Higher education faces an uncertain future
In a sign of what might happen globally, state universities and private colleges across the US are facing declining enrollment. Public universities in Illinois, Rhode Island, Pennsylvania, Michigan and Massachusetts have all reported problems attracting students. Marty Meehan, the president of the public university system in Massachusetts, which includes five separate schools, recently said there is a demographic problem. Boston.com quoted Meehan as saying that, in the US in 2016, most public universities and more than two-thirds of private universities had lower enrollment than projected. This is a shocking change from the time when university enrollment seemed certain to rise every year.
American schools, in particular, are also facing a decline in foreign students. Whereas once the US was seen by many as the best destination for higher education, the options are much greater today. Enrollment by foreign students in American graduate programs dropped 4 percent from 2017 to 2018, according to the Council of Graduate Schools. Some analysts blame this decline on US politics or debates in the US about visa issuance. Others say it is partially a result of a devalued Indian rupee, which makes it harder for Indian students to study in the US.
However, there is a simpler reason that the US is no longer the one and only destination for so many international students: Schools in other countries are catching up to their American counterparts in terms of prestige and quality. According to the 2019 Times Higher Education World University Rankings — largely seen as the most relied-upon international education league table — 41 of the world’s top 100 schools are American. That is still impressive but, in 2010, 53 American schools were in the top 100.
Students around the world now have more options. For example, Japan had set a goal of attracting 300,000 foreign university students by 2020, but it was only about a thousand students shy of that goal by May of last year, according to Nippon.com. The attraction of a Japanese education is the same as that of an American one: The prestige and connections might help the students transition to promising careers. However, there is more to this story. It seems most of the students are actually enrolled in Japanese language schools or training for a trade, not typical university coursework. This is part of a larger global trend: University-age people are foregoing traditional higher education.
Schools in other countries are catching up to their American counterparts in terms of prestige and quality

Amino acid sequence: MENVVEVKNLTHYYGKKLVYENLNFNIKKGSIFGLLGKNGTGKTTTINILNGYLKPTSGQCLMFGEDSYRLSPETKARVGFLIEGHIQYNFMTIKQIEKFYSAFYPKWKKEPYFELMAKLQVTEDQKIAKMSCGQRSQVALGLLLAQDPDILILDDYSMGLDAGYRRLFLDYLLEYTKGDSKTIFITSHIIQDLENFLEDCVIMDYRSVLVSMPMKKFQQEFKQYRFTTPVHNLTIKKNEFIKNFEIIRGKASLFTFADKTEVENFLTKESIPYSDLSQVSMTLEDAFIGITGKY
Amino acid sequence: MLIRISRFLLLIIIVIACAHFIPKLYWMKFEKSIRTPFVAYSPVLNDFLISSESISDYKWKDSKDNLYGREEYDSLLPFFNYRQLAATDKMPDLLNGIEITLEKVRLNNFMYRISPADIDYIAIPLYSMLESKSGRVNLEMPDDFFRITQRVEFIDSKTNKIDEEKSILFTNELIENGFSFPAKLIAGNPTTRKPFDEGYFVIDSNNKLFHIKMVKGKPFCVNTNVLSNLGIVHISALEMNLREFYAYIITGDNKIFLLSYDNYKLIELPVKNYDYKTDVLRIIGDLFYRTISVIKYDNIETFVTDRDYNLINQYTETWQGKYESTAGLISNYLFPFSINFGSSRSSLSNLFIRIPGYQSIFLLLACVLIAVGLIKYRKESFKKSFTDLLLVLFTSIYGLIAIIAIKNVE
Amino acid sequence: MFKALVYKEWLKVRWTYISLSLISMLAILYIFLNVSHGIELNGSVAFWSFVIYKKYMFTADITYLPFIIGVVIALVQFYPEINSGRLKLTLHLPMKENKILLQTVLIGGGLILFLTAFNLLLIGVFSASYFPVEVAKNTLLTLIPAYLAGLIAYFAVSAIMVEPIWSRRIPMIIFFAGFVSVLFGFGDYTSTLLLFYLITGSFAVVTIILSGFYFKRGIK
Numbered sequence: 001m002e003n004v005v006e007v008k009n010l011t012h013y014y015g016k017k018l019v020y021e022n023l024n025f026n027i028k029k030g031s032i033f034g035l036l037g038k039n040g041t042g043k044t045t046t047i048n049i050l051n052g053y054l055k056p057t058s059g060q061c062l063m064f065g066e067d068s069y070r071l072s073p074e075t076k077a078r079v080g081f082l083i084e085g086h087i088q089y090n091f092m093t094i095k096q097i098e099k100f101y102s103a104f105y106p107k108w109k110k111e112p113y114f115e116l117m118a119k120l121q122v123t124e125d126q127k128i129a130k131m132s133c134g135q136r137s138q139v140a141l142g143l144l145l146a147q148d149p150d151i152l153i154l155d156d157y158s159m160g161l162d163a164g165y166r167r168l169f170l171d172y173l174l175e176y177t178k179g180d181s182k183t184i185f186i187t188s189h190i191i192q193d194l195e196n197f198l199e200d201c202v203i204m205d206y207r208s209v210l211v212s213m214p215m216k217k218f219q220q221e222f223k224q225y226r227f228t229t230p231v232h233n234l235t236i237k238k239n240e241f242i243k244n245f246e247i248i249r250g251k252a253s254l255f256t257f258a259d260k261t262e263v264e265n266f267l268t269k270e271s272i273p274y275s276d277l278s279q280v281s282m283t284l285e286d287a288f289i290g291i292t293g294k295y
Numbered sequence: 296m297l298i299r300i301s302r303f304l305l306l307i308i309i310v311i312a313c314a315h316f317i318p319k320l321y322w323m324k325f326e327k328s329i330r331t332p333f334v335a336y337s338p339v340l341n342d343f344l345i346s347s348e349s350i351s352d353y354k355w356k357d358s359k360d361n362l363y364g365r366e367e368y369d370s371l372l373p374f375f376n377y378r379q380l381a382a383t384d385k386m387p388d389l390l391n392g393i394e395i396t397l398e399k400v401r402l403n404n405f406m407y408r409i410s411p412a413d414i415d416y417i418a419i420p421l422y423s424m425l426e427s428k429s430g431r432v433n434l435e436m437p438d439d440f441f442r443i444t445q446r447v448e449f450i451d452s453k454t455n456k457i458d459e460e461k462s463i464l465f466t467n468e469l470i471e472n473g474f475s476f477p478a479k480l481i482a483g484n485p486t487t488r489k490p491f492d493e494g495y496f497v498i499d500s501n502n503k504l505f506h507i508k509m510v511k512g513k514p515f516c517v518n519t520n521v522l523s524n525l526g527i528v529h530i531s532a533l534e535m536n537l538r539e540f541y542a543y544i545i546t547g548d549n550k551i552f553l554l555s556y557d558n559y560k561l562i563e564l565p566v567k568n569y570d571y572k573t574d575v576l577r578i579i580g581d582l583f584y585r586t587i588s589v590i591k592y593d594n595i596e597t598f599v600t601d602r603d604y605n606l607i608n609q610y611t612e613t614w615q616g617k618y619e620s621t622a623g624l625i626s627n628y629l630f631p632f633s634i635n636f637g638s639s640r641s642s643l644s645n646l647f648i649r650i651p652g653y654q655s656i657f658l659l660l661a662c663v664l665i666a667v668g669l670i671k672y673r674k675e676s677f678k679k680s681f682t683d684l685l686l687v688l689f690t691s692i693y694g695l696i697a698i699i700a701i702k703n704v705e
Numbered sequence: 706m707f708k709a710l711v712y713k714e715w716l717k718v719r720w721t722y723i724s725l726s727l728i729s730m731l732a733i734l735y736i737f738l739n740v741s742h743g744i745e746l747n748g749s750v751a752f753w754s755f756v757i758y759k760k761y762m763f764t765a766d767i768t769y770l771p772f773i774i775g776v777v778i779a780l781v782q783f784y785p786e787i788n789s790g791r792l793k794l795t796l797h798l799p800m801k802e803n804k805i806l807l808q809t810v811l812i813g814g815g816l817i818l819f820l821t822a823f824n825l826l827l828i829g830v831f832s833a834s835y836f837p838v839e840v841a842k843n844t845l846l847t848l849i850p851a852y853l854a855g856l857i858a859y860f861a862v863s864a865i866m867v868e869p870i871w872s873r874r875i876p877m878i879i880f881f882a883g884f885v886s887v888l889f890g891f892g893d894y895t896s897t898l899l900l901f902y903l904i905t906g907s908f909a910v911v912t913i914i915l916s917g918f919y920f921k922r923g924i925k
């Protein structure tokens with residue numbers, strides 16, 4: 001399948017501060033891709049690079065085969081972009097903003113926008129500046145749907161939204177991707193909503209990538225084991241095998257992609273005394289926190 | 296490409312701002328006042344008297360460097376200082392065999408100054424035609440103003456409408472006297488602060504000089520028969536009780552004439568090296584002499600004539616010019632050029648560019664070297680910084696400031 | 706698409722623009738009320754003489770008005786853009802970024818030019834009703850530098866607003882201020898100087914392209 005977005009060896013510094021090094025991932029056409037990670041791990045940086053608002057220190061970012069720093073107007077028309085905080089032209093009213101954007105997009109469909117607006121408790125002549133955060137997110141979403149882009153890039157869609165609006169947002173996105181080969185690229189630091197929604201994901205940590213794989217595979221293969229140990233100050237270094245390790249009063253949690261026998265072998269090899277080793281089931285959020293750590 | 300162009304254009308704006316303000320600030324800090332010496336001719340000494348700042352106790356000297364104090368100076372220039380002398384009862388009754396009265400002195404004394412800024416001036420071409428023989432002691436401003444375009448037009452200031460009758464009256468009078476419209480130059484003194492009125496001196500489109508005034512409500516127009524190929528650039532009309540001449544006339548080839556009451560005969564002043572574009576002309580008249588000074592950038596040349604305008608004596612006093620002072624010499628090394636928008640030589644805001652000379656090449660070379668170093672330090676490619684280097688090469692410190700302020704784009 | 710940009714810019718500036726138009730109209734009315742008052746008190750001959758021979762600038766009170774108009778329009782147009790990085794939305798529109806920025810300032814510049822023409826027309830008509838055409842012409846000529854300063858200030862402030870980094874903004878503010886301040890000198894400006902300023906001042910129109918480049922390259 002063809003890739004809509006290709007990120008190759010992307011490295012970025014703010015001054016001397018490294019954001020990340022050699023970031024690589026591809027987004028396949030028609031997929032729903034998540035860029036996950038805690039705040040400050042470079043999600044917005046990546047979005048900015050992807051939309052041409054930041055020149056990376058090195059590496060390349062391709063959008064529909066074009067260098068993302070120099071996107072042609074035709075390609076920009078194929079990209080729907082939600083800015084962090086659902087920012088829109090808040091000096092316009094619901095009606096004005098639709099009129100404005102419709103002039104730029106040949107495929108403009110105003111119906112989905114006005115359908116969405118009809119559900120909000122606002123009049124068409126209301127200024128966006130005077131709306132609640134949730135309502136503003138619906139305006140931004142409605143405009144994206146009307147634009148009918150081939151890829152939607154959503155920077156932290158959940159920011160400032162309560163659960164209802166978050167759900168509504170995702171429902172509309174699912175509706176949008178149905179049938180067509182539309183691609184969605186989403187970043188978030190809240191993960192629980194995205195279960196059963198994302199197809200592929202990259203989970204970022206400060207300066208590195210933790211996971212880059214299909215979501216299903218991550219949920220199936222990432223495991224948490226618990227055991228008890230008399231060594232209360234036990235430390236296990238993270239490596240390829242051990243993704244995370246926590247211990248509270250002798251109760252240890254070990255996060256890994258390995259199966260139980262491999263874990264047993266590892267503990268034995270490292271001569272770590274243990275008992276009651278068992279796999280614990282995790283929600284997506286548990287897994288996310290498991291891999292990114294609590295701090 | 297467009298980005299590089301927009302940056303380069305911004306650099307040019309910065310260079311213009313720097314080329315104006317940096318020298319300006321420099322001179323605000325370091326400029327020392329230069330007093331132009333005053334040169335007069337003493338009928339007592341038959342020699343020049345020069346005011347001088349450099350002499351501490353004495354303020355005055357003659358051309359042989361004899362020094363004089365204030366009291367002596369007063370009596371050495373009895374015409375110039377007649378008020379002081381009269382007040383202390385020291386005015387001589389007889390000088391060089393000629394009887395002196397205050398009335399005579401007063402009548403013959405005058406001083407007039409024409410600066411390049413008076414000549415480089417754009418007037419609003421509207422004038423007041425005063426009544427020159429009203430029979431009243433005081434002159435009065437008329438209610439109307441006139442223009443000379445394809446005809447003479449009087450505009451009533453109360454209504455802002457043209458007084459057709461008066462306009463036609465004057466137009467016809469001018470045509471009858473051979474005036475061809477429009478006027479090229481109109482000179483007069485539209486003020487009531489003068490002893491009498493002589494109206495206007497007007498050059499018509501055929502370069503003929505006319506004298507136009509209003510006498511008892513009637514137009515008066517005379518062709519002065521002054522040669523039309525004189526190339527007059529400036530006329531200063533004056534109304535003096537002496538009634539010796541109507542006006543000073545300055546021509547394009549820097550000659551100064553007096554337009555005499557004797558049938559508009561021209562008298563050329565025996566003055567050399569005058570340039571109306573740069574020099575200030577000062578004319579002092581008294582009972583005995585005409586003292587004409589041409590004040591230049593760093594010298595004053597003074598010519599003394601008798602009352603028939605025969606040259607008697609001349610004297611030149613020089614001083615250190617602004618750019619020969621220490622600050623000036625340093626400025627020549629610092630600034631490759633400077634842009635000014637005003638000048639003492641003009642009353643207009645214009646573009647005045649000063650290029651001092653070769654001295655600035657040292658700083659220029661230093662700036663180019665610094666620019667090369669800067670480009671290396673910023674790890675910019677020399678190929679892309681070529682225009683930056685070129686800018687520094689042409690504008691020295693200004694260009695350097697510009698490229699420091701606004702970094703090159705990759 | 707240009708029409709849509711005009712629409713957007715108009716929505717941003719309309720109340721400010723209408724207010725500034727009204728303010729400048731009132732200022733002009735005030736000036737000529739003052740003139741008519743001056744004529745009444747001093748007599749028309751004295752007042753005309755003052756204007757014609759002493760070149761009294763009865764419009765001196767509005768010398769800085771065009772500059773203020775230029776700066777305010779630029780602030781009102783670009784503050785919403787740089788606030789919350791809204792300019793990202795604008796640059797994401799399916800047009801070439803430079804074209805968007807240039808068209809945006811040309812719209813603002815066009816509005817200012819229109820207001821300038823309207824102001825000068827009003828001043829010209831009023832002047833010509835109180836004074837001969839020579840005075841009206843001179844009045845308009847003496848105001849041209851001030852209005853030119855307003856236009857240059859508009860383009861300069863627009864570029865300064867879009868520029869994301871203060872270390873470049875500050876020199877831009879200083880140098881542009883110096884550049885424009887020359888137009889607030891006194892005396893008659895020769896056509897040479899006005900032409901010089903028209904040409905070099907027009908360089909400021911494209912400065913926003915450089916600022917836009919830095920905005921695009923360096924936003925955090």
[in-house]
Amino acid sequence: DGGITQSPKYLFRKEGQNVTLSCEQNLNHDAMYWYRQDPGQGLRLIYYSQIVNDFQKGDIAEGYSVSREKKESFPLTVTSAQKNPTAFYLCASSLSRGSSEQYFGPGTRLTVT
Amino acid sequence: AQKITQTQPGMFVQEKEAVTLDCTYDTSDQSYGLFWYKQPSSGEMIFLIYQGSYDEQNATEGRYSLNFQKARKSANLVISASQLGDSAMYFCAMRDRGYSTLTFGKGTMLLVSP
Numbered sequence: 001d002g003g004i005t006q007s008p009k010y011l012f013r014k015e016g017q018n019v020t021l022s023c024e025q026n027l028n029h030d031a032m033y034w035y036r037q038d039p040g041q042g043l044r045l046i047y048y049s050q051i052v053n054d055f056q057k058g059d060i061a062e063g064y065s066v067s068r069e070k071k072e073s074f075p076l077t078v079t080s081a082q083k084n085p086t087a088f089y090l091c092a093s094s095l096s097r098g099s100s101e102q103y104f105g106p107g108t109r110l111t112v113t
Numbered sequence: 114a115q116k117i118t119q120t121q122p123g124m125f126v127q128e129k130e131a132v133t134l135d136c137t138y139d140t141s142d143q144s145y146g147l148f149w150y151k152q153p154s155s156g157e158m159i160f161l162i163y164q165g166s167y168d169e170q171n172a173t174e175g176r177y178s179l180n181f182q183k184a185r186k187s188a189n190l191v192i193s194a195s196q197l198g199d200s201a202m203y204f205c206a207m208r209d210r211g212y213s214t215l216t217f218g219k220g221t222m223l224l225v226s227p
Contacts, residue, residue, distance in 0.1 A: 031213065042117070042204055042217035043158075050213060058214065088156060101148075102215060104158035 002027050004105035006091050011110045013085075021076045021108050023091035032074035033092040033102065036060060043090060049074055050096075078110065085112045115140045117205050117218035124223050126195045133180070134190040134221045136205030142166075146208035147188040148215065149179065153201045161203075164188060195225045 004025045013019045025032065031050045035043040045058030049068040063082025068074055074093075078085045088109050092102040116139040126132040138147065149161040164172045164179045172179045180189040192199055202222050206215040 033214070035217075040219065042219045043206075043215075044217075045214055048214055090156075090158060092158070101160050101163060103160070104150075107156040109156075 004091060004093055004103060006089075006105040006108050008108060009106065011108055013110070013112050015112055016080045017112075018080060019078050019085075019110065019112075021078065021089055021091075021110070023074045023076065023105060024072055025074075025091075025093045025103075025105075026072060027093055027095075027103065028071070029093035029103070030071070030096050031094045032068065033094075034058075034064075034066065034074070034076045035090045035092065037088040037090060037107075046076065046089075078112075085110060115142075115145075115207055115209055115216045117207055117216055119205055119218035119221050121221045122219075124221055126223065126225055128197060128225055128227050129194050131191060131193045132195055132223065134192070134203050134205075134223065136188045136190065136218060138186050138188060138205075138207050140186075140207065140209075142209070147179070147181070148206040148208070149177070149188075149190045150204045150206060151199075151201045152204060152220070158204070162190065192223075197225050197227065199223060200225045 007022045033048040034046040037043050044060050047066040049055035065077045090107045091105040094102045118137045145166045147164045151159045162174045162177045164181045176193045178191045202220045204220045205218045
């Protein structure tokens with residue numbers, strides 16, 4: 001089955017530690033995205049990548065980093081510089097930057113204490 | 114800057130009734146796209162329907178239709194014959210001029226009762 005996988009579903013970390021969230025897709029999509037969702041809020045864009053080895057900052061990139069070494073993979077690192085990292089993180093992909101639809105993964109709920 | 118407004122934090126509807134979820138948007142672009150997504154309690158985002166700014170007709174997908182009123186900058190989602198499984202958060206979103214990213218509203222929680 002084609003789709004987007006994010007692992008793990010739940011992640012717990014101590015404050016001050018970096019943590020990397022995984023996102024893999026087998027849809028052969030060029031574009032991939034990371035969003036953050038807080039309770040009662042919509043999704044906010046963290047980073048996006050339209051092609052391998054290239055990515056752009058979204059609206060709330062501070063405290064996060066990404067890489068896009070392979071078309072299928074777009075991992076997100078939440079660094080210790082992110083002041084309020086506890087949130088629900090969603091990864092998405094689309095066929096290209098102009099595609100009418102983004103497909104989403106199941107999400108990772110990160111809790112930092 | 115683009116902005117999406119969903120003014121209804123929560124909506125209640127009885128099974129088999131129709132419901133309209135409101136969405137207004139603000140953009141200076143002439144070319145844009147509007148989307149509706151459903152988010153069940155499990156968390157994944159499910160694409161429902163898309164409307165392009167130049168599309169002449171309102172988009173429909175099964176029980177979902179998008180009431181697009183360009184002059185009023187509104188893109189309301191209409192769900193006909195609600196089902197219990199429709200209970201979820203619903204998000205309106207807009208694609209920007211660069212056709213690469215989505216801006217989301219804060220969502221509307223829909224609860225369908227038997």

Ellen R. Wald
A 2018 report by the British Council forecast a severe decline in the growth of “outbound mobility of international students.” The report said that the growth rate would drop from 5.7 percent to 1.7 percent by 2027. This was explained, in large part, by the appearance and expansion of universities across the world. More and more countries are investing in their own higher education systems, sometimes in partnership with foreign institutions.
However, this explosion of new universities and of spots at universities may be negative, as a shortage of students could lead to a surplus of schools. In most of the world, higher education is fully or partially subsidized by the government, so the choice to attend is often easy for qualifying students. Because of government subsidies, the incentives are skewed and it may take a while to observe noticeable trends.
In the US, however, university tuition is expensive, with many adults facing tens of thousands of dollars of college debt years after they graduate. The average cost of attending one year of college at a private university in the US currently exceeds $35,000, according to US News. In America, the market is beginning to make young people aware of opportunities outside of higher education. Earlier this week, CEOs meeting with President Donald Trump said they are working to hire more high school graduates.
In 1971, a court case in the US made it legally risky for employers to use aptitude and IQ tests to determine hiring, as it was decided that such tests could be discriminatory against minorities. As a result, employers began requiring more educational experience to separate job candidates. Eventually, this led to an inflation of credentials, in which college degrees were required even for unrelated jobs in fields like sales, services and administration. As this trend grew in the US, and as business became global, university diplomas came to be seen as necessities everywhere.
Now, with low unemployment in much of the world, young adults may again have the opportunity to find work without university diplomas. That would be ideal, as it would mean more efficient use of resources with less wasted on degrees that are not used.
The biggest fear for universities is that falling enrollment will require them to close programs or schools. When the global recession hit in 2008, many societies saw declines in birth rates. That smaller generation will hit university age in about seven years. Between those demographic changes, a potential drop in outbound mobility of international students and the realization that higher education diplomas are not always unnecessary, we should expect to see a shakeup in higher education in the next decade.
Ellen R. Wald, Ph.D. is a historian and author of “Saudi, Inc.” She is the president of Transversal Consulting and also teaches Middle East history and policy at Jacksonville University. Twitter: @EnergzdEconomy